Vicarious Traumatization

“Vicarious Traumatization” refers to the set of emotional/psychological reactions often experienced by someone who witnesses (directly or indirectly) any traumatic event or series of events. Examples might include a car accident, violent crime, suicide or medical emergency. Factors that can affect your likelihood of being vicariously traumatized include: your proximity to the situation; your relationship with the person(s) involved; the element of surprise or shock; the presence of interpersonal violence vs. an illness/injury not deliberately caused; and having experienced similar traumas or losses in the past.

Traumatic stress responses can appear soon after an incident occurs, or can be triggered at some later time by any reminder of the traumatic experience:

  • Intrusive symptoms, such as nightmares, “flashbacks”, or recurring memories/images.
  • Numbing and avoidance responses – conscious or unconscious avoidance of any reminder of the traumatic event; attempts to induce emotional “numbness” through substance abuse or other self-destructive behaviors; depression; and obsessive-compulsive symptoms that might reflect a preoccupation with safety/security (e.g., checking and re-checking to make sure that doors are locked).
  • Increased arousal and hypervigilence – an inability to relax and feel safe – being stuck in “fight-or-flight” mode; sleep disturbances; constant scanning of one’s environment for any potential danger; an exaggerated startle response when something unexpected appears; symptoms of panic or phobia connected to being in a situation that might recall the traumatic event.

Other emotional reactions might include

  • Feelings of shock and disbelief
  • Feelings of (irrational) guilt and self-blame for not having been able to prevent something bad from occurring
  • Irrational fear for the safety of oneself and loved ones
  • Poor concentration due to anxiety, depression, or preoccupation with the traumatic event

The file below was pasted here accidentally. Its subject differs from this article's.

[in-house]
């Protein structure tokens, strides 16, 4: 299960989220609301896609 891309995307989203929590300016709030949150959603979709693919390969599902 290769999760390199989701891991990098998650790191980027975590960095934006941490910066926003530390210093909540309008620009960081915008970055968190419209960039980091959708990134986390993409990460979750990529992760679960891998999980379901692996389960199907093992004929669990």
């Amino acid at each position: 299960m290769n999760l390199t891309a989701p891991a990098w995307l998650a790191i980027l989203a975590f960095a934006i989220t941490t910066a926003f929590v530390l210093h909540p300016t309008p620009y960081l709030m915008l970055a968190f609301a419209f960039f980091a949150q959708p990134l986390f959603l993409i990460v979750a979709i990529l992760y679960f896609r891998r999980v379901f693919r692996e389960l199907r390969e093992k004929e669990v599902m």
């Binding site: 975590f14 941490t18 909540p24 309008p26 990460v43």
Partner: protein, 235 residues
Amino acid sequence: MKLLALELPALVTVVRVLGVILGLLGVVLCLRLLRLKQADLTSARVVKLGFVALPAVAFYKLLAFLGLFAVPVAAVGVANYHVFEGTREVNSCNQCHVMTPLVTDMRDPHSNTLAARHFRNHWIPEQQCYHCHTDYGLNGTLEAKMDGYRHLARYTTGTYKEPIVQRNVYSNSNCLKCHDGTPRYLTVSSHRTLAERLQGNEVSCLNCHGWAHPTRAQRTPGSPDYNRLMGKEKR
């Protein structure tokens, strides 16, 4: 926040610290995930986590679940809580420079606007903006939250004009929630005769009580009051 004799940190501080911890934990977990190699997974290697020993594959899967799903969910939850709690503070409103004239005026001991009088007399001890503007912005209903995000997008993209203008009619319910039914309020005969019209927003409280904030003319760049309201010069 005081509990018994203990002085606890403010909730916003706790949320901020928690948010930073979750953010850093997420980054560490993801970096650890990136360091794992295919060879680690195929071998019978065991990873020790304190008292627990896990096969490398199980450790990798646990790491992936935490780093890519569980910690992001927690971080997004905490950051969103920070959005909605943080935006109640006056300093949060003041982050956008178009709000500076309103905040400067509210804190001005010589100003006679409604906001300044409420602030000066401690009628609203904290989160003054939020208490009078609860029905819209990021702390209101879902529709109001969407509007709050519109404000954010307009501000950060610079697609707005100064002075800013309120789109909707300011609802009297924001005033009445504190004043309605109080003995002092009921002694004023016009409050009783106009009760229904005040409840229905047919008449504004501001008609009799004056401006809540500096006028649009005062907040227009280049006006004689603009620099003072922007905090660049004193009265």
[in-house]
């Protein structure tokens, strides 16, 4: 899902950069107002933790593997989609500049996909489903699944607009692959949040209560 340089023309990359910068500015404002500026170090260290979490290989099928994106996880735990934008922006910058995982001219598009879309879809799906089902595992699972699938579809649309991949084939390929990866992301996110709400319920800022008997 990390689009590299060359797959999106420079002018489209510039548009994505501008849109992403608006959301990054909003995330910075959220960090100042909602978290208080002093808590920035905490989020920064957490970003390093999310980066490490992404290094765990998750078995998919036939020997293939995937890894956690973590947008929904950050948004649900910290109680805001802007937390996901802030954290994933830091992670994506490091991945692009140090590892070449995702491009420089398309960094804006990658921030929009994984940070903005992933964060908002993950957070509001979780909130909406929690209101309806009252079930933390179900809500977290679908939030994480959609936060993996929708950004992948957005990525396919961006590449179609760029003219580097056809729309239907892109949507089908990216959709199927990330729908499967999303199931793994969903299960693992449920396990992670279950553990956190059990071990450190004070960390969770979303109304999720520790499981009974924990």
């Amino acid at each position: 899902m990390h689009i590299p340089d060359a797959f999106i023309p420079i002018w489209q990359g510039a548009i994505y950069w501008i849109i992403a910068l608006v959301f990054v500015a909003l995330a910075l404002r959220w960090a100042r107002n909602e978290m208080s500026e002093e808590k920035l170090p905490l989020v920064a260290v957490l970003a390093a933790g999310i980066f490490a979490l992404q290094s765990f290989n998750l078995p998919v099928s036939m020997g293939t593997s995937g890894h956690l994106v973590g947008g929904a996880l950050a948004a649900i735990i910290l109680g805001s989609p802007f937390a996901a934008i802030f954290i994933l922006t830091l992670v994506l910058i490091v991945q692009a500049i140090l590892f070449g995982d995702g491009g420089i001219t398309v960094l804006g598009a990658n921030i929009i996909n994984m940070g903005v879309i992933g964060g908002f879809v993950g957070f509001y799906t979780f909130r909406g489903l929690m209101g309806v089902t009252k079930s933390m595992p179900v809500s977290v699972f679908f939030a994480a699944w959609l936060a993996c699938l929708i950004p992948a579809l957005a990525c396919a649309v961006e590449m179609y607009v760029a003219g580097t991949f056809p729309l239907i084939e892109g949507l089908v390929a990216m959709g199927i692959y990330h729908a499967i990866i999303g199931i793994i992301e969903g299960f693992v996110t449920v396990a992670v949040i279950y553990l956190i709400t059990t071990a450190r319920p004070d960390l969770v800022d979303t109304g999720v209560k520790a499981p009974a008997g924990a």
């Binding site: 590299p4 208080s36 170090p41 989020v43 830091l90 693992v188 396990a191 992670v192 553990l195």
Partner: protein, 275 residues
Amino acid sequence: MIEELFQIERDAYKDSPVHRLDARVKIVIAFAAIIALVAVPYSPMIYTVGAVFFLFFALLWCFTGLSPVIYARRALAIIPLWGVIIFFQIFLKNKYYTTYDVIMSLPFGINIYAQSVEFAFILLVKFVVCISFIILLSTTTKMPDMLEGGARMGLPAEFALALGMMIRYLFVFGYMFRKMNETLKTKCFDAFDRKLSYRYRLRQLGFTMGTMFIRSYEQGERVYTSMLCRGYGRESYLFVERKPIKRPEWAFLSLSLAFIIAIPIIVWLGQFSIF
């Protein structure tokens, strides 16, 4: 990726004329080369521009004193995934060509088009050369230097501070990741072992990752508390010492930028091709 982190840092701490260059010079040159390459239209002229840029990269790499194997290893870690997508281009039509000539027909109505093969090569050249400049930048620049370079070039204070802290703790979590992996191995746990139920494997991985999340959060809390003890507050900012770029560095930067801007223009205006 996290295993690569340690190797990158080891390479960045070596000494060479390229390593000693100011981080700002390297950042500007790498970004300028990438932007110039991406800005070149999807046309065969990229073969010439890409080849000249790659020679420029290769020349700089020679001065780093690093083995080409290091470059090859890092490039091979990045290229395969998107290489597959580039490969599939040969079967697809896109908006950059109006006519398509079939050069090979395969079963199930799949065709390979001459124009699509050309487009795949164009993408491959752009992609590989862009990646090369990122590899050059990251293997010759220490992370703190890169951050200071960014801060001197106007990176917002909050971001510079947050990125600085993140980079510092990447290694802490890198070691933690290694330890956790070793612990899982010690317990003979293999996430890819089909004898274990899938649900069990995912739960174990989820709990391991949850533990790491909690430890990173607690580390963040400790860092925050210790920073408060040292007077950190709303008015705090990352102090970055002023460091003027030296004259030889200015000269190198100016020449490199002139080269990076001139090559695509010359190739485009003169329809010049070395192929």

• Feeling isolated and misunderstood, especially by others who were “not there”


  1. Acknowledge that you have been traumatized at some level. Maintain a normal schedule, but give yourself “space” by scaling back commitments for a period of time.
  2. Pay attention to basic self-care such as eating regular meals and getting enough sleep. See your physician if stress-related symptoms persist or if sleep/appetite problems do not start to improve after a short period.
  3. Don’t try to numb yourself with alcohol or drugs (including caffeine & nicotine), as this can exacerbate  stress-related symptoms and also become a problem in itself.
  4. “De-brief” about the traumatic incident with supportive people who will listen to your feelings without giving a lot of advice.
  5. Minimize your exposure to traumatic stimuli, such as violent movies or the TV news.
  6. If your negative emotional/psychological responses are severe or if they persist longer than a couple of weeks, consider talking with a counselor for extra support and help with putting the bad experience behind you.

Helping Resources

Crisislink (Northern Virginia) Hotline (24 hours)703-527-4077
Grief Program, Springfield Community Mental Health Center 703-866-2119
Hospice of Northern Virginia (grief counseling) 703-538-2065
National Mental Health Association (counseling referrals) 703-684-7722
Woodburn Emergency Mental Health Services (24 hours)703-573-5679